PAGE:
In Korea for example, one company chose to place coffee spritzing aroma capsule in over 350 buses. These capsules were set to be triggered by a certain jingle for the company that installed them. So when the jingle played on the radio, the scent of the particular coffee from this company would fill the air. Sales of coffee along the bus routes went up by 29%. Is this manipulation or shall we call it experiential emersion advertising? Or maybe we call it another fancy name and allow it in business? How far is far enough?
In my life so far, I have come to discover that we allow some things in business which cannot be allowed in other areas of life. Are we all double agents, in which case, life is way more exciting than I imagined it. It goes beyond hypocrisy really and jumps right into the deep-end of betrayal of all we hold dear as values of fairness and justice.
If you like this article please like our Facebook page – our goal is 500 likes by December 1st and we appreciate your support. 😀 Now to finish…
Branding and double lives have plagued many an African leader and many other political leaders in the world. They desire publicity and notoriety and they want to be synonymous with wealth and luxury. Some want their names to go down in history as epitomes of certain brands and certain holiday places. They then work hard to brand themselves and the events. Coups are called strategic reorganizations and restorations of values people hold dear, bribing is called lobbying, and rigging election is called gerrymandering. When I was young I learned to always call a spade a spade. But branding allows me to bend that and called a spade a digging tool. And so when you ask for a digging tool all I have is a spoon, I am right. And maybe that’s what we have with these brands, an attempt at identifying with values which fails dismally. They turn our spades into spoons and our lives into pawns on a chessboard, searing our brains with images that heard us like sheep to offer our earnings in homage to what does not satisfy. Like people headed for a sham election.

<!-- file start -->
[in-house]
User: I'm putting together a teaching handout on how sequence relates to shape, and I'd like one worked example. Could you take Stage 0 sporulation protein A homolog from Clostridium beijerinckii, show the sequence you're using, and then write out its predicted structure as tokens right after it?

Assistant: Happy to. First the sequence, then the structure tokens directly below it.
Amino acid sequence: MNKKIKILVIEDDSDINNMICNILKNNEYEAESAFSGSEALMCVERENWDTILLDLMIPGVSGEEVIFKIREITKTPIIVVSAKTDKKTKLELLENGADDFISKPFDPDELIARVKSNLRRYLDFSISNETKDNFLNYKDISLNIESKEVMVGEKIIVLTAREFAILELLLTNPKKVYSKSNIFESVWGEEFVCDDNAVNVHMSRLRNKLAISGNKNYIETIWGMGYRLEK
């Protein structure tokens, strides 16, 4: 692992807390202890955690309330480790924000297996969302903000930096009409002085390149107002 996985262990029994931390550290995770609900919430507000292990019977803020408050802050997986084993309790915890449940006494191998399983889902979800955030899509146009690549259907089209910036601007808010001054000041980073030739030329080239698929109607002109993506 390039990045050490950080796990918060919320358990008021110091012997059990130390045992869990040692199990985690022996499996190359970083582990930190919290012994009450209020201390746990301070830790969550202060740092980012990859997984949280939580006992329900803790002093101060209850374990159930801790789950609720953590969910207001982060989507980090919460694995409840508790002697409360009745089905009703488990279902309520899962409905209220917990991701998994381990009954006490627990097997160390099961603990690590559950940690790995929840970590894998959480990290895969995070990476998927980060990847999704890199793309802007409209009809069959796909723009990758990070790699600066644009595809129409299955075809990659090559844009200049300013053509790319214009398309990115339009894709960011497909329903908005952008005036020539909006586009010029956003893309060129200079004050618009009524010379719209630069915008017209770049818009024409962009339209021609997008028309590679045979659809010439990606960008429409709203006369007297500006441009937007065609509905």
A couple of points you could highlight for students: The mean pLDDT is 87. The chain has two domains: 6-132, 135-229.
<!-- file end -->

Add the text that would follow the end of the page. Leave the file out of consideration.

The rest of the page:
Life is a misery to be endured until we die. Even those with terminal illnesses find times of respite and laugh and enjoy their lives. So too is mortality a terminal illness. We will all die, I for one am glad this is so. But before that day I will define myself, I will not go without giving everything I have got, and I will love with all my heart.
I am proud to be an Afropolitan; a world citizen of African descend. I am called Allen and I love writing, eating, and singing in the shower!